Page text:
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Property and Liability Insurance in Real Estate Transactions Property

wooden block house

By Steven Milstein

Property and liability insurance are important and often required in various real estate transactions. In a lease, for example, a landlord will make sure that there is an insurance provision with adequate coverage to protect its property. In a purchase and sale of real estate, purchasers will often want to make sure that a seller maintains its insurance coverage so, if there is any damage to the property before closing, the property can be restored to its original state (at the time the contract to purchase the property was signed), and the sale can proceed as planned; insurance or proceeds will be available for payment to the buyer if addressed in the underlying contract. Alternatively, a seller may require a purchaser to obtain insurance coverage before the purchaser enters onto the seller’s property for the purchaser to perform its due diligence, such as heavy environmental testing. The seller would want this to ensure that in the event for the purchaser damages the property in any way, the damage can be adequately repaired.

Why Are Insurance Policies Important?

Insurance policies allow the policy holder – the individual or entity being insured – to shift its financial risk onto a third-party insurance company. By paying an insurance company a small premium, the insured can use the money that may have otherwise been tied up as a safety net for certain scenarios for other investments. For example, if a purchaser wants to enter onto a seller’s property to perform due diligence, the purchaser would be doing so at his own risk. If something were to go wrong and the purchaser damages the property, the purchaser would be required to repair the property or reimburse the seller for whatever damage was caused. To protect itself in such a situation – one in which there were potentially no insurance companies – it would be prudent for the purchaser to stash an adequate sum of money just in case something was to go wrong. With an insurance policy in place, the purchase could theoretically take that earmarked money and use it to enter into a new business deal.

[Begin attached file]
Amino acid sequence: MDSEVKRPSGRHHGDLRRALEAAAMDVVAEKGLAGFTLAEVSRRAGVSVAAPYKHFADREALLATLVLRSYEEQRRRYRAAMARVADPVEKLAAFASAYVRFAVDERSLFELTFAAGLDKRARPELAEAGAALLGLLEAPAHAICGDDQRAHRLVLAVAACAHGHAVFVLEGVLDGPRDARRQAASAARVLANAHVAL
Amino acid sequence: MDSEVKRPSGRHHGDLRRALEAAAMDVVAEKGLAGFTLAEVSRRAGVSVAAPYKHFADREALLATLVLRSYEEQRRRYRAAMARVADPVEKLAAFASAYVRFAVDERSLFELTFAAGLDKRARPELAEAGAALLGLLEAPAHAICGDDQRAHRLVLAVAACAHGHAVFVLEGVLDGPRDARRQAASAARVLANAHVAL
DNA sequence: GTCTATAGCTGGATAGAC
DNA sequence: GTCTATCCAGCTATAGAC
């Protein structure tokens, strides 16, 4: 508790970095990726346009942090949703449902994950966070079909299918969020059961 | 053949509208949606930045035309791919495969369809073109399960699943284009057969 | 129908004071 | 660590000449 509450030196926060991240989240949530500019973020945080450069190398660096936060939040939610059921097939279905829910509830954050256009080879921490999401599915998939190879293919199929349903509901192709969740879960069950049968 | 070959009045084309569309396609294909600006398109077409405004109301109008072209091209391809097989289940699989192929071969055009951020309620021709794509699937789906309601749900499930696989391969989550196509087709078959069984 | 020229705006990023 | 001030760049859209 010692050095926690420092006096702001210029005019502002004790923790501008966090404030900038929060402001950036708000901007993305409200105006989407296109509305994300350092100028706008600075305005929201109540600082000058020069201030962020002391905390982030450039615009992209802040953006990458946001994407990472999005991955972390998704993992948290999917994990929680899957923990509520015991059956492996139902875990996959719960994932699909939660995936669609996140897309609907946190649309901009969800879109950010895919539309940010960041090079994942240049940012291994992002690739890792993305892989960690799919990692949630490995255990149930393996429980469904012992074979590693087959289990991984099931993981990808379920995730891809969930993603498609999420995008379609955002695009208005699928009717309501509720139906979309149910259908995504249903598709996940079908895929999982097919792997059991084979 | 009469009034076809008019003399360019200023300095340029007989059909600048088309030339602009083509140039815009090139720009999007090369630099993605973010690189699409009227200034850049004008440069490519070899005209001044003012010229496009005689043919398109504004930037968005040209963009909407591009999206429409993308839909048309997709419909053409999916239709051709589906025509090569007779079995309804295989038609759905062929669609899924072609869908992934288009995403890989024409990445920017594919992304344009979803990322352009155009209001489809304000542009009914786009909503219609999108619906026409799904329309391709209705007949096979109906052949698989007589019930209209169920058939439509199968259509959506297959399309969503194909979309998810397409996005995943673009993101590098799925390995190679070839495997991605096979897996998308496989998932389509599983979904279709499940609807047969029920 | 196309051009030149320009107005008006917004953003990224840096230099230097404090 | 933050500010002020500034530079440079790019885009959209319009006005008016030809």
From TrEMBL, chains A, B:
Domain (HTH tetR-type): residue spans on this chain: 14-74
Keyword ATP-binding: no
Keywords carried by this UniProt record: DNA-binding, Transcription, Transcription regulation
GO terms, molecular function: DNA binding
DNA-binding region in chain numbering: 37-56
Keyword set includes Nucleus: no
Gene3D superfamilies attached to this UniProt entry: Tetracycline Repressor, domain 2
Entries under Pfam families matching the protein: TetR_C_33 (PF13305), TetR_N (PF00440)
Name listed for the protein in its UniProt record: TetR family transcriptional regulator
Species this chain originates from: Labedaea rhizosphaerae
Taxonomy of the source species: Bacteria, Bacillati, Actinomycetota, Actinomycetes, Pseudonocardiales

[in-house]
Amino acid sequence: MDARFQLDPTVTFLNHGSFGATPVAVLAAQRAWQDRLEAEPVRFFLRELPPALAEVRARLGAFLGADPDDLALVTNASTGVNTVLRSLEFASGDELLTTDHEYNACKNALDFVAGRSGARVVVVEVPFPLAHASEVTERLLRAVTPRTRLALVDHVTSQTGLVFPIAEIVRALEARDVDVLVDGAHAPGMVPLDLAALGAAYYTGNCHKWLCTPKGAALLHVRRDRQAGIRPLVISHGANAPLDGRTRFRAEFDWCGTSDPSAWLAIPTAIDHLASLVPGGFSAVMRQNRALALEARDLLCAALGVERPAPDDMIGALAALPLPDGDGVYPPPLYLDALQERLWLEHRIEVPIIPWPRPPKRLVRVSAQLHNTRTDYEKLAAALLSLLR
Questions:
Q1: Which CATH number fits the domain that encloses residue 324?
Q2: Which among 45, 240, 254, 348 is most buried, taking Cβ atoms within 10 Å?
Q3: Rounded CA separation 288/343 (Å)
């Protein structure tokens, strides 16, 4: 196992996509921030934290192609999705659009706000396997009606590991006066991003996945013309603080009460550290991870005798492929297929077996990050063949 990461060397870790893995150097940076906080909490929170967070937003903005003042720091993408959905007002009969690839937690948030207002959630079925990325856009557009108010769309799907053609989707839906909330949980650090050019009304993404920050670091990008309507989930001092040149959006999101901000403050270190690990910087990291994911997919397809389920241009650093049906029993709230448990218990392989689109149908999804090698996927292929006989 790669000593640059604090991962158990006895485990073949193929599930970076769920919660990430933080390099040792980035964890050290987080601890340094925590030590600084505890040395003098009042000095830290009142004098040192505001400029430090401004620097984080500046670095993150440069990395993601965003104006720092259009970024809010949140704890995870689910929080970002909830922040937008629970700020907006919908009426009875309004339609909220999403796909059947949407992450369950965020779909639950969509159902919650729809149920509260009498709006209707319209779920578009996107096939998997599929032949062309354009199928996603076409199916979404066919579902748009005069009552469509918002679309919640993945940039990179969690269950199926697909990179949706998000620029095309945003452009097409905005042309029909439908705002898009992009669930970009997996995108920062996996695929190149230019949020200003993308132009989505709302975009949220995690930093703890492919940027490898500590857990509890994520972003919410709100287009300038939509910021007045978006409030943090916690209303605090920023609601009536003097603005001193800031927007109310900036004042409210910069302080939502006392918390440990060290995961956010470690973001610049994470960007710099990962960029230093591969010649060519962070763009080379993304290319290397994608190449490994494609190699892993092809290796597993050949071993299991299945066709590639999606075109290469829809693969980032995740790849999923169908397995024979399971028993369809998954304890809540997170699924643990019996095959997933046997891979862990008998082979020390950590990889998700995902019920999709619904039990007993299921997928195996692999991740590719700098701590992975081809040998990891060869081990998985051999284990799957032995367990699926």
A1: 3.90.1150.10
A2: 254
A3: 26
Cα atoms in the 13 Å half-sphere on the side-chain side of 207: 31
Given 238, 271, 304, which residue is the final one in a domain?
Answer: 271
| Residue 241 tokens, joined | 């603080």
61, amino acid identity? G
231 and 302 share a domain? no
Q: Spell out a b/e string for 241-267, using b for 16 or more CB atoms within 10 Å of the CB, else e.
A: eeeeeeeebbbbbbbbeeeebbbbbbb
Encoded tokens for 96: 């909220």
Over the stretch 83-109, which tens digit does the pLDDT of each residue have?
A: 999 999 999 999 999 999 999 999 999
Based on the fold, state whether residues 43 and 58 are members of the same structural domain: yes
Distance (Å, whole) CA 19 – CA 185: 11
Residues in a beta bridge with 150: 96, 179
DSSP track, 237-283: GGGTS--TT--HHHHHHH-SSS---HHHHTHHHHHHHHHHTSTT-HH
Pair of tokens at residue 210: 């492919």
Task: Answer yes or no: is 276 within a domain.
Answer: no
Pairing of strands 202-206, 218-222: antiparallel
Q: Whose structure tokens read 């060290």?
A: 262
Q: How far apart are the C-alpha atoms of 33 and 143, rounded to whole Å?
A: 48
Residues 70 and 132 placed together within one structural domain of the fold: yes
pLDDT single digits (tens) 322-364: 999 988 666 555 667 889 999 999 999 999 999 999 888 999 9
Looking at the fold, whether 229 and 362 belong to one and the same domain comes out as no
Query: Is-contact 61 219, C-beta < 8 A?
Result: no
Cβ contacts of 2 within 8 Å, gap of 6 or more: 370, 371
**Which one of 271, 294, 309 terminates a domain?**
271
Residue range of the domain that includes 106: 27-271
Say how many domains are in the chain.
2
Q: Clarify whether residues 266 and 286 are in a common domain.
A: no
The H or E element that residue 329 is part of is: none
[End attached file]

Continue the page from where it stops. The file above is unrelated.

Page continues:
Why Do Lenders Require Insurance Policies?

Another real estate transaction that requires insurance policies are mortgage loans. One of the requirements that a borrower needs to satisfy in order to obtain a mortgage loan is insurance coverage. Any lender will require a borrower to obtain property insurance in an amount sufficient to cover the worth of the property that the lender will be placing a mortgage on so that, if the property is destroyed, the insurance company can make the lender whole by paying the lender the mortgage amount previously loaned. In order for the lender to be entitled to receive an insurance payout, if necessary, the lender has to be named as an “additional insured.” What is an additional insured? An additional insured is a third-party beneficiary to an insurance policy. In the case outlined above, the borrower of the loan will pay for the insurance policy and have the insurance company add the lender as an additional insured to ensure the lender would be entitled to receive any paid-out insurance proceeds.

Insurance clauses in real estate contracts are often heavily negotiated and hard to navigate. It is important to make sure you have proper representation when negotiating your real estate contracts. For more information on property and liability insurance in real estate transactions, or for help on your next lease agreement, reach out to the knowledgeable real estate attorneys at KI Legal.



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